(Spoiler alert: I wasn’t a boy, but nobody knew that at the time.)
Sheldon the Child did not receive any real supports for his autism. Indeed, since he was raised in a fairly conservative part of Texas, with fairly conservative parents, the idea that he should have received therapy would have been anathema. Why would he need therapy? His unhappiness stems from his having to interact with people less intelligent than himself. That’s a reasonable thing to be unhappy about.
Sheldon the Adult has the problems common (not universal) to autistic adults who have not been given any supports as children and hence have had to navigate into adulthood on their own.
Unlike Sheldon the Child, I did receive quite a bit of therapy as a child, but it was aimed at helping a neurotypical boy deal with his tantrums. I was not neurotypical, not a boy, and was usually having meltdowns, not tantrums. There were ways in which the therapy helped, but also ways in which the therapy created dysfunctional and inaccurate beliefs about myself which, at 54, I’m struggling to dismantle.
Another way in which my lack of diagnosis (partially because of a lack of understanding) hurt me is in my toilet training issues. I did not routinely use the toilet to defecate until my tween years; I regularly soiled myself, even at school. This was attributed to my mother’s failure to toilet train me correctly, and while I will readily criticize her for things that were her own doing, I have come to believe that particular issue wasn’t her fault.
I only recently learned about the connection between interoception and autism. I have long known that I have Sensory Processing Disorder–there are foods I cannot eat because of their texture, I cannot stand the smell of coffee, I struggle with misophonia, I avoid most wool–but it didn’t occur to me that SPD could be related to my childhood encopresis.
But it makes sense: I have interoception issues, and they were stronger when I was a child. I often ate (and eat) not out of hunger but out of habit, because I don’t feel hungry until I’m extremely hungry. The opposite was also true: I didn’t feel the urge to void my bowels until it was an emergency.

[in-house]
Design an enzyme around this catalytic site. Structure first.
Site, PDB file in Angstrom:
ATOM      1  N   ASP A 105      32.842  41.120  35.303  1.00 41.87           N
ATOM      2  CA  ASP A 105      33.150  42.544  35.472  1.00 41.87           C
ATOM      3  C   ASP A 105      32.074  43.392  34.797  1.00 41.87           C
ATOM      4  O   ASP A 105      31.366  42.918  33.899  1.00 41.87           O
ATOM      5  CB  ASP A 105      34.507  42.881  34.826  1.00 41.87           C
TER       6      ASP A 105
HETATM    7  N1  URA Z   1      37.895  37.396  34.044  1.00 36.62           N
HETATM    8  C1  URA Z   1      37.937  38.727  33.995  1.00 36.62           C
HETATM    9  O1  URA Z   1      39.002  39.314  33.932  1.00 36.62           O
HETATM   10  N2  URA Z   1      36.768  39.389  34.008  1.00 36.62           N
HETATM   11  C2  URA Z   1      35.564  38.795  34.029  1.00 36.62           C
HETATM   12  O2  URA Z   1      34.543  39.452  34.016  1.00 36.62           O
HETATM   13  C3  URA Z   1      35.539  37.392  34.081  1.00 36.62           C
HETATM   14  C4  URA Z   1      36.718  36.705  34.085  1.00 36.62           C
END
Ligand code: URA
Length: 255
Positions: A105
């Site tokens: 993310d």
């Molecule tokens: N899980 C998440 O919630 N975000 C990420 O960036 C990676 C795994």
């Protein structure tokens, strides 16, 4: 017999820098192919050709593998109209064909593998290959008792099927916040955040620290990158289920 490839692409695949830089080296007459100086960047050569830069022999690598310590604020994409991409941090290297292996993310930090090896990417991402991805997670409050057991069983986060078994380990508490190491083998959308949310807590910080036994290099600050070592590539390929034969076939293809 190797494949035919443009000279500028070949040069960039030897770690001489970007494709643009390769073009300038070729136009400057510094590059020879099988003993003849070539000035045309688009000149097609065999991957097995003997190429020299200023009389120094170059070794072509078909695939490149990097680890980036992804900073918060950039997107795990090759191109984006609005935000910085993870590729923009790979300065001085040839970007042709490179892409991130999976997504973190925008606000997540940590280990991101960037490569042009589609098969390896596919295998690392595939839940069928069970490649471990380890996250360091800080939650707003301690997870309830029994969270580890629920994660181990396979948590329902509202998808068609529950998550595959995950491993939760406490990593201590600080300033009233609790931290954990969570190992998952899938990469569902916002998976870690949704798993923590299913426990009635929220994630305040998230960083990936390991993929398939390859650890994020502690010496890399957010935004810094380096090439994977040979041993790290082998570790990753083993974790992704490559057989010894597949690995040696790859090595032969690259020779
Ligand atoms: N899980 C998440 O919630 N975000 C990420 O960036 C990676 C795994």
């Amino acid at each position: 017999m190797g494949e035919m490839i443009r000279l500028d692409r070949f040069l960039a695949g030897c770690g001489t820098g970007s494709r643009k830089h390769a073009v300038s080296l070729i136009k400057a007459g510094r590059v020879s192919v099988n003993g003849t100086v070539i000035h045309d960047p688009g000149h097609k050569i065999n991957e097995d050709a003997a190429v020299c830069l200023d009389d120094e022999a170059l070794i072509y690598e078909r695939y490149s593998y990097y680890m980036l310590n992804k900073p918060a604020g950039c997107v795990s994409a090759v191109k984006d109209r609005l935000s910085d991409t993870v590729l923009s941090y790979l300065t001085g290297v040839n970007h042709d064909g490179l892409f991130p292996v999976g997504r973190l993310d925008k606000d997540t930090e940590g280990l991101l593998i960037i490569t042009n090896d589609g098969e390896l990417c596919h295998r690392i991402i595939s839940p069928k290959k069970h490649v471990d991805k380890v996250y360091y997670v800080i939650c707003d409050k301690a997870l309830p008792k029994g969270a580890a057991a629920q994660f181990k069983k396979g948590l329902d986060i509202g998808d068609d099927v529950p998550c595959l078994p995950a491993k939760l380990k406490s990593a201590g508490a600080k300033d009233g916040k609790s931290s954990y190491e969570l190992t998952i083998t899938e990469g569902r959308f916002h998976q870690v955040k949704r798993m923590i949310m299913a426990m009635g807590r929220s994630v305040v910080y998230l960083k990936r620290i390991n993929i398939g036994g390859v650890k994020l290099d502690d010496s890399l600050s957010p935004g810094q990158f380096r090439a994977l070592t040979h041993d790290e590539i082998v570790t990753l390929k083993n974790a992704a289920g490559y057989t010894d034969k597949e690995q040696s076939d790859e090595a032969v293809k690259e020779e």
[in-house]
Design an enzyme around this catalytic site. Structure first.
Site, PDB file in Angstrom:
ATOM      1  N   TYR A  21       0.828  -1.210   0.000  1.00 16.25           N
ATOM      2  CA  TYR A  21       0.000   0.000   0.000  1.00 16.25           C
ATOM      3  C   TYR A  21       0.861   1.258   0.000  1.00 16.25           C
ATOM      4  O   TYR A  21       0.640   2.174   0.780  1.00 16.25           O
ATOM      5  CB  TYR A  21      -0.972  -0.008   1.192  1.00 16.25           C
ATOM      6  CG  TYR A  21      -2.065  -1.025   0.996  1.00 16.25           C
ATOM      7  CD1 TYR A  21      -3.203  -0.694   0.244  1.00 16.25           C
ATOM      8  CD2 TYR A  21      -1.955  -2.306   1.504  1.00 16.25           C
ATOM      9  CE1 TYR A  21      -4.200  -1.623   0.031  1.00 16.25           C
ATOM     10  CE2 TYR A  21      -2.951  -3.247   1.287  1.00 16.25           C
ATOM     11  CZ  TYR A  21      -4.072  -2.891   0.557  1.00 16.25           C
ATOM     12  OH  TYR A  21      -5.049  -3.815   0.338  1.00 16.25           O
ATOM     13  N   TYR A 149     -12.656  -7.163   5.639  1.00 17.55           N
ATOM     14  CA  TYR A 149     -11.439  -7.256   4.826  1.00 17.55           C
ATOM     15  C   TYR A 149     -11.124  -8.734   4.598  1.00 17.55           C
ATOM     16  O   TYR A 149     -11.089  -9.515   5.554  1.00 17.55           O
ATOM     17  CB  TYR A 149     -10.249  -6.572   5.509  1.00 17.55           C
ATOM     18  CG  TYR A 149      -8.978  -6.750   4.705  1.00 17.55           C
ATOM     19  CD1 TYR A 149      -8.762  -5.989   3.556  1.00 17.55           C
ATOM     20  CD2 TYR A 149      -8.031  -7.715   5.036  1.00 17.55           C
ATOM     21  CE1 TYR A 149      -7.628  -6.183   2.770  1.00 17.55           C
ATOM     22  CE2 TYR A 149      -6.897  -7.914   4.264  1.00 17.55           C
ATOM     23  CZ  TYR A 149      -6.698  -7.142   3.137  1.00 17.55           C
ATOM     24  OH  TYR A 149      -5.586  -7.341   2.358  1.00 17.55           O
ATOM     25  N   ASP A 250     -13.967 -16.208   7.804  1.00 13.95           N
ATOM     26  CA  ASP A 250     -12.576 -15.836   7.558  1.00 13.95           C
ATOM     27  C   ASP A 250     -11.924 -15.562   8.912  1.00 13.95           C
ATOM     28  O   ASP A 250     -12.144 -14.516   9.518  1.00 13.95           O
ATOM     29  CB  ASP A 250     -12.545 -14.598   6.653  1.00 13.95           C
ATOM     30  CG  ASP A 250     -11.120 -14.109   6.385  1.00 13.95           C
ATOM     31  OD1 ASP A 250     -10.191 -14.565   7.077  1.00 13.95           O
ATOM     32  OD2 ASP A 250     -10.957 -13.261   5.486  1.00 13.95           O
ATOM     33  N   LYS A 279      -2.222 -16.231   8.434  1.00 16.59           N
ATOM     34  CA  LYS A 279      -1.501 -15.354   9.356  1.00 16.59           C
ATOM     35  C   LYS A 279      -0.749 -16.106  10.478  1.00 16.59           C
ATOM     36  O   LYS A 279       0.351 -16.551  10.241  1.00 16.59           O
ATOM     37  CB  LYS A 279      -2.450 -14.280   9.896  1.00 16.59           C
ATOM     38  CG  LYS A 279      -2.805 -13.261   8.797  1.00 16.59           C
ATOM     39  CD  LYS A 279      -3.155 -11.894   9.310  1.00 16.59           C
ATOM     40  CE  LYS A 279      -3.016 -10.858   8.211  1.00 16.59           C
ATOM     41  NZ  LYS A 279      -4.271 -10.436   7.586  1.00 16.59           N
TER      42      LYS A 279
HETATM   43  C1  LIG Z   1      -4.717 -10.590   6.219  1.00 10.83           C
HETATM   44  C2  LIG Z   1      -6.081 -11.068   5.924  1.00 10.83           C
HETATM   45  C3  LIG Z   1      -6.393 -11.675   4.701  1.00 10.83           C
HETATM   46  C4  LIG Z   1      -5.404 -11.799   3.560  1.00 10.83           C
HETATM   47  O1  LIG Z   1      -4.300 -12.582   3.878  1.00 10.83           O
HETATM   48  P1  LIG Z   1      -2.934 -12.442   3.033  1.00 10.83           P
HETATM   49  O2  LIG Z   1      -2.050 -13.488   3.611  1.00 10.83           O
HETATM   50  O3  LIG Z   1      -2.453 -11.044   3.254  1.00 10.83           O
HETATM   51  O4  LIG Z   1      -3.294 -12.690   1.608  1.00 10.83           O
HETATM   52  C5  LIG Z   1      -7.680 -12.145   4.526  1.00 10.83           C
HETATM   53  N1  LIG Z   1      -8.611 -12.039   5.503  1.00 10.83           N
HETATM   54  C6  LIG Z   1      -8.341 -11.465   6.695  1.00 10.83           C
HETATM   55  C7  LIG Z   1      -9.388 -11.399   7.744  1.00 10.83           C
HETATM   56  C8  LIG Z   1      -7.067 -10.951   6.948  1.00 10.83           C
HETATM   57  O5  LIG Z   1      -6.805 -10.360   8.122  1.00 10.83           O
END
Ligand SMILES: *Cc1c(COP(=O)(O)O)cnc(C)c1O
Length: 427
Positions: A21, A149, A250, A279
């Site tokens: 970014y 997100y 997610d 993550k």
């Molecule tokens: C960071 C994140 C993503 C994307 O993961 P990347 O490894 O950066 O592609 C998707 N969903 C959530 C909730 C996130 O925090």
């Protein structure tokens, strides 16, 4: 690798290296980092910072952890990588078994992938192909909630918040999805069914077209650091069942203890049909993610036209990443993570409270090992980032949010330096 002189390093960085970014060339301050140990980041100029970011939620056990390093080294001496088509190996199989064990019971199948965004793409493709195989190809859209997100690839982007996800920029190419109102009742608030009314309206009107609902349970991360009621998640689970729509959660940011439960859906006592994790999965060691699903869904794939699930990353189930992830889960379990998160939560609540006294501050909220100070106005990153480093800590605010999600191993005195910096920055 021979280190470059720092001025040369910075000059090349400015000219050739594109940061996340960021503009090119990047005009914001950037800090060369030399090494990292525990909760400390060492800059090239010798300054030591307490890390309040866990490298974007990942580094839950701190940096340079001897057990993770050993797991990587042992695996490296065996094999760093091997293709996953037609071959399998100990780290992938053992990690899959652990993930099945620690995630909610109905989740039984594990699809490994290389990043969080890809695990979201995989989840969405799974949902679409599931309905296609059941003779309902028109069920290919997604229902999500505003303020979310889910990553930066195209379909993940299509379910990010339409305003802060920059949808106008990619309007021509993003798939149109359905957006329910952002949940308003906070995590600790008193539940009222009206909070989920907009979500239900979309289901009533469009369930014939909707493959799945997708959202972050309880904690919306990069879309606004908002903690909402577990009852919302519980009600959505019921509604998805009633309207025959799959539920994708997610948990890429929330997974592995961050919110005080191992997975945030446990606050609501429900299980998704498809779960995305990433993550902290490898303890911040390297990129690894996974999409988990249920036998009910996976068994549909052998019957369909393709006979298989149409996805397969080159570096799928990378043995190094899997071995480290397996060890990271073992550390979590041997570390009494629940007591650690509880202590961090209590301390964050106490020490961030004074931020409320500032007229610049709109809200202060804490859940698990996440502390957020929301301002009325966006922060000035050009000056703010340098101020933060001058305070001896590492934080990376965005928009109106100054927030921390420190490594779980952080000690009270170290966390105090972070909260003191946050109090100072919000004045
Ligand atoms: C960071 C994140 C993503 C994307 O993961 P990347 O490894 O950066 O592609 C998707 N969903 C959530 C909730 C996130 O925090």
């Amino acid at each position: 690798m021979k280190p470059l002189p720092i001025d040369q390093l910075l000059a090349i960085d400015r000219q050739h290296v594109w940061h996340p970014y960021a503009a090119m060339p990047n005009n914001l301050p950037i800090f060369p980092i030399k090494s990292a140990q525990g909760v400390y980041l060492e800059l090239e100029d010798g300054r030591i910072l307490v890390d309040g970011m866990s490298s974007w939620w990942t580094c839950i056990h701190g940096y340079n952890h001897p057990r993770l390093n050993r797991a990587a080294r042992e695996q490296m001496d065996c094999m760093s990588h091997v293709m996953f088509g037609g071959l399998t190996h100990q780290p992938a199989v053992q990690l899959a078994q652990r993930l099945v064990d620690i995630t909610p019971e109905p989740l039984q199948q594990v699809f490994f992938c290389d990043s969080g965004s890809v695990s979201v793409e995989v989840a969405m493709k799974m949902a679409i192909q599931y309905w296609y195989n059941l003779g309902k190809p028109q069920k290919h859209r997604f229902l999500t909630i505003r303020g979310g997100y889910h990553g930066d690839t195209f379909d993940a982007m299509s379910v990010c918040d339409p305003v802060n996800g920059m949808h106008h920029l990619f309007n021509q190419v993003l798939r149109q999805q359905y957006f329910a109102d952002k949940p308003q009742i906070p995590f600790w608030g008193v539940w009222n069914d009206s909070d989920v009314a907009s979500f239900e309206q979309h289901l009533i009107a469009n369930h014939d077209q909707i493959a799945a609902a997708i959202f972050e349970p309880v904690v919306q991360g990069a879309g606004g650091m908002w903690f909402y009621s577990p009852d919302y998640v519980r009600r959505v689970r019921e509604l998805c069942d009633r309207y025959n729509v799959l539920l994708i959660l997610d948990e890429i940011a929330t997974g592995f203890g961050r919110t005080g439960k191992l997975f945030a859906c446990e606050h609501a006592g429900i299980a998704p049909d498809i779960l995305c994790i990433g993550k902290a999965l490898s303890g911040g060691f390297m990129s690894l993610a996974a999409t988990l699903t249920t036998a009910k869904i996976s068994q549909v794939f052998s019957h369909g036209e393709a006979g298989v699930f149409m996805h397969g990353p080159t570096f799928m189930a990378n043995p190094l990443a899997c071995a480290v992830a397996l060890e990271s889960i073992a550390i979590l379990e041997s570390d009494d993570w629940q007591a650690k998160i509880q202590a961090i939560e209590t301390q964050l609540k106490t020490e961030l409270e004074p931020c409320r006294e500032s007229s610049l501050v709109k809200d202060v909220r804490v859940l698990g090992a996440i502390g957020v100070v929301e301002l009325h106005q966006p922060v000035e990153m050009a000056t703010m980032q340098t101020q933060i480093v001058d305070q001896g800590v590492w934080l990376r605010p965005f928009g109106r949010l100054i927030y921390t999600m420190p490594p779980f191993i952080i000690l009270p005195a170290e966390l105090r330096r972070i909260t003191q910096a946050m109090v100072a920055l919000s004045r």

My lack of diagnosis as autistic (or as “Asperger’s”, which is what I much more likely would have been called in the 1970s and 1980s) as a child had two damaging effects on my upbringing: I was not given appropriate supports and management strategies, and I was given disapprobative messages that created shame cycles in my brain.
To be clear: Autistic people are not any more entitled to meltdowns than neurotypical people are. We are not any more entitled to arrogance or callousness. We are just as obligated to be civil, polite, and kind, and many of us succeed at that.
But Windows software won’t run on Apple computers. It is not the fault of either the computer or the software, but it’s just not going to happen. (Computer pedants: Please just accept the analogy. I know some of you are wanting to “Well, actually…” this part.)
Autistic meltdowns need to be managed with strategies appropriate to autistic processes; using neurotypical strategies and then shaming the autist for not getting better results in shame, not in effective management.
Sheldon the Child became the callous, arrogant, emotionally detached Sheldon the Adult largely because of that lack of supports, just as I became who I am because of that lack. In my case, and extrapolating for Sheldon as well, it wasn’t just a lack of supports that was harmful, it was also the presence of the wrong supports, which inevitably failed to address the problem and led to feelings of “What’s wrong with me? Why am I so broken?”
I’m not broken, I’m autistic.
Postscript: Removing the comedy and looking at YS/BBT as a serious narrative, it works as a cautionary tale about the importance of proper supports (which, in BBT, Penny and Amy do provide; Amy appears to be autistic as well, although Penny is neurotypical). Taken on that level, it can be helpful for children who are now showing similarities to Sheldon the Child, as well as for adults struggling with the same “What’s wrong with me?” feelings I have.
At the same time, though, it can’t be forgotten that they are sitcoms, and there are dangerous messages in the idea of neurotypical laughing, either at or with, this behavior. This gets into a separate, also important, conversation about diminishing the responsibility autistic people have to be accountable for our harmful acts. That is for another time.
Also for another time: The BBT theme that men normally act with a combination of enabling and fear around other men, while women are expected to pick up the slack of actually helping.